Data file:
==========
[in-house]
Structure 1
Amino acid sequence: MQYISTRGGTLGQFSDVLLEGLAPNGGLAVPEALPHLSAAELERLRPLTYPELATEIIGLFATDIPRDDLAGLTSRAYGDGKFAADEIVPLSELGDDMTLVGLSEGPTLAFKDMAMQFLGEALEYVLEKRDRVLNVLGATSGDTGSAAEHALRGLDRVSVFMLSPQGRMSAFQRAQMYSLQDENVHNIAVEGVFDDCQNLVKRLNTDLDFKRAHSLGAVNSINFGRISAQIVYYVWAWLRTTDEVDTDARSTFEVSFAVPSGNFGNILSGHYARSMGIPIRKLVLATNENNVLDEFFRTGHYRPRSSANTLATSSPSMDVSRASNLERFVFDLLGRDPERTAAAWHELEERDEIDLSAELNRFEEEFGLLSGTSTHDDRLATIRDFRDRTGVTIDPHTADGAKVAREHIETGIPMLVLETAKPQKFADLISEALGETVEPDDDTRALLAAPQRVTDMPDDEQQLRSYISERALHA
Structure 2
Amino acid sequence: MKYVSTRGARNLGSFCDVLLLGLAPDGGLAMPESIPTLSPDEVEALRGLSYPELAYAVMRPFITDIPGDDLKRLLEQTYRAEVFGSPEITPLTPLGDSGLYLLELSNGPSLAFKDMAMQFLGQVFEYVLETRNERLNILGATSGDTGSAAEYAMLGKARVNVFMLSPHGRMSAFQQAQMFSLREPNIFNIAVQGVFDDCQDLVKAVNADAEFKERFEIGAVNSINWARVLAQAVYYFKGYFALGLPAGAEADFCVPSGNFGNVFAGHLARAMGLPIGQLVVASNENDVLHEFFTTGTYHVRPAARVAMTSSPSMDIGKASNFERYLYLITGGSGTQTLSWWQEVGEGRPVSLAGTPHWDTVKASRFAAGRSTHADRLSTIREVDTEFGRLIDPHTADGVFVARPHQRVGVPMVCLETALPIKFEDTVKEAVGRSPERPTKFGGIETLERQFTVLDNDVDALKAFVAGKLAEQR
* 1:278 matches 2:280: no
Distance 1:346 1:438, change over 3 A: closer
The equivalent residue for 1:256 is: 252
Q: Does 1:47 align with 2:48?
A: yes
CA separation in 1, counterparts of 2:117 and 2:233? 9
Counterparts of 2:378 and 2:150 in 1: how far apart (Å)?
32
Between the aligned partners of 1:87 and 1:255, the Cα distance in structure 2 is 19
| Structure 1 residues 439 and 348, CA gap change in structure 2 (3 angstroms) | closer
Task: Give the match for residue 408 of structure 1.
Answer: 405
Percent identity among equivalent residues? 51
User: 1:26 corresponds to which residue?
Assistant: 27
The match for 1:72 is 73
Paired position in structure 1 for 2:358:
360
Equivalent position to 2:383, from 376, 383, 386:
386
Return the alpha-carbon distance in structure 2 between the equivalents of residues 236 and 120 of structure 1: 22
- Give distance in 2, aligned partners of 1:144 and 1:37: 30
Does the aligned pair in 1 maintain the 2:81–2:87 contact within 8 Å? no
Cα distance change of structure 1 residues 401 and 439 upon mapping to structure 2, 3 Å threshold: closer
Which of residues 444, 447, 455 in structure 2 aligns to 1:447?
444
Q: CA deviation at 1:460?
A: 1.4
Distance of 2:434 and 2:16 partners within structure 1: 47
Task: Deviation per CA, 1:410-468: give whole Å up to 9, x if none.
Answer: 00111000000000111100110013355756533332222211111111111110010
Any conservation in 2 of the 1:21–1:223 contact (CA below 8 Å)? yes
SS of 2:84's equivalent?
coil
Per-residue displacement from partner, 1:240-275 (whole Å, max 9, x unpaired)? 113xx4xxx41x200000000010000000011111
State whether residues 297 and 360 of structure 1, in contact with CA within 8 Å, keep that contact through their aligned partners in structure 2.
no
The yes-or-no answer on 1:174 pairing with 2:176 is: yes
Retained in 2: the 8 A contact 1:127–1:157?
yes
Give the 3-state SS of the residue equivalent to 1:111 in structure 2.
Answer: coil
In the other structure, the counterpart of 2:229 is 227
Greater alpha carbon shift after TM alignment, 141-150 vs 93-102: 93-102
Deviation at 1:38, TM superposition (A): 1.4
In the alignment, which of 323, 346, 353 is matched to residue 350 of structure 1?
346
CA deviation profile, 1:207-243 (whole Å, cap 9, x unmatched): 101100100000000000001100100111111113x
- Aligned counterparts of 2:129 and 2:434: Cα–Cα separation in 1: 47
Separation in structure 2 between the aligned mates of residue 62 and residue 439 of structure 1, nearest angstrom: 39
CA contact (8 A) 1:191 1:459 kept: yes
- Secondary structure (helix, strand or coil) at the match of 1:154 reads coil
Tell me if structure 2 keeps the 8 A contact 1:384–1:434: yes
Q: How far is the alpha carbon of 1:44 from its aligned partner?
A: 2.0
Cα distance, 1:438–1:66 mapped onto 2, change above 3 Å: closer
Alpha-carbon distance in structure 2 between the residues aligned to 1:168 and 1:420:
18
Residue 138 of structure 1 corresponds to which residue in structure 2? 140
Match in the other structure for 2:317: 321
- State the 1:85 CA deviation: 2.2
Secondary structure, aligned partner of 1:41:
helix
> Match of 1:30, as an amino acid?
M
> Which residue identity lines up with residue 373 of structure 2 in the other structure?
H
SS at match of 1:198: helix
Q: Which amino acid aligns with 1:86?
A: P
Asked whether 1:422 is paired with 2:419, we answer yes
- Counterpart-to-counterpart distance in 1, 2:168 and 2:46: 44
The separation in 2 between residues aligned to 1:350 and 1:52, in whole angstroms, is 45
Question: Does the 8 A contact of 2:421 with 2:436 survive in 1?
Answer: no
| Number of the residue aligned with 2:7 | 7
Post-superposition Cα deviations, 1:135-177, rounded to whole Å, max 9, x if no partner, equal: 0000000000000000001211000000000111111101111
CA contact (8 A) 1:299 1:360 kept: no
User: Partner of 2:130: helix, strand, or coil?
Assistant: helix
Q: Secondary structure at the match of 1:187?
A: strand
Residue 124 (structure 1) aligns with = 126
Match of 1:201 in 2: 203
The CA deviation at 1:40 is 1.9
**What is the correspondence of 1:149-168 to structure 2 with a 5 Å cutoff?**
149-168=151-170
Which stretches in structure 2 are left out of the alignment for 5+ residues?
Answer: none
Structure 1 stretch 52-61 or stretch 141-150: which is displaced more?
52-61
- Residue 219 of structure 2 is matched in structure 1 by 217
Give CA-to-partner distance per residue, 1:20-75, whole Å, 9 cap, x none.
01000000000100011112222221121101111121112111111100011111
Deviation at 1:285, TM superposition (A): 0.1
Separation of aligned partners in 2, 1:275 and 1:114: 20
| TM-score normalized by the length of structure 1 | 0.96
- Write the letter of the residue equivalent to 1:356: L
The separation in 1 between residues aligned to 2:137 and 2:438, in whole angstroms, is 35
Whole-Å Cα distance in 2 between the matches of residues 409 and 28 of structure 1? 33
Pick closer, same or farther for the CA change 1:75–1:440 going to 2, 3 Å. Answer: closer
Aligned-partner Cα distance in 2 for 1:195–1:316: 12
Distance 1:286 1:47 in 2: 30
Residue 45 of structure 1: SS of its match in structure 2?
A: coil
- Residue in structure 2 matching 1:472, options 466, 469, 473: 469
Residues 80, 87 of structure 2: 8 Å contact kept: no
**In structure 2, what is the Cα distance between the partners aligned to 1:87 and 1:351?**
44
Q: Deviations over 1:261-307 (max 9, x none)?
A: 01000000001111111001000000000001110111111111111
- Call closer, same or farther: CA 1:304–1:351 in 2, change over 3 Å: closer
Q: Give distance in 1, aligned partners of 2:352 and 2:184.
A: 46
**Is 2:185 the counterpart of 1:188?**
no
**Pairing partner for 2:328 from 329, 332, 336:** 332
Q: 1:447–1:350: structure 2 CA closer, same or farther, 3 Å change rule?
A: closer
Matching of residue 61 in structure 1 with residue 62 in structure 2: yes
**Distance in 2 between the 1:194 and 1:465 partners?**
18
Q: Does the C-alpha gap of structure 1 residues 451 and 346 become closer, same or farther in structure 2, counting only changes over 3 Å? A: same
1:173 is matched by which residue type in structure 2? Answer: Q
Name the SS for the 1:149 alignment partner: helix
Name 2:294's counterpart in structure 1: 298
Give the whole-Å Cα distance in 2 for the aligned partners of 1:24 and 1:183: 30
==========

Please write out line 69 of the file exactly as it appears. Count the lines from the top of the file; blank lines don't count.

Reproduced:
> Match of 1:30, as an amino acid?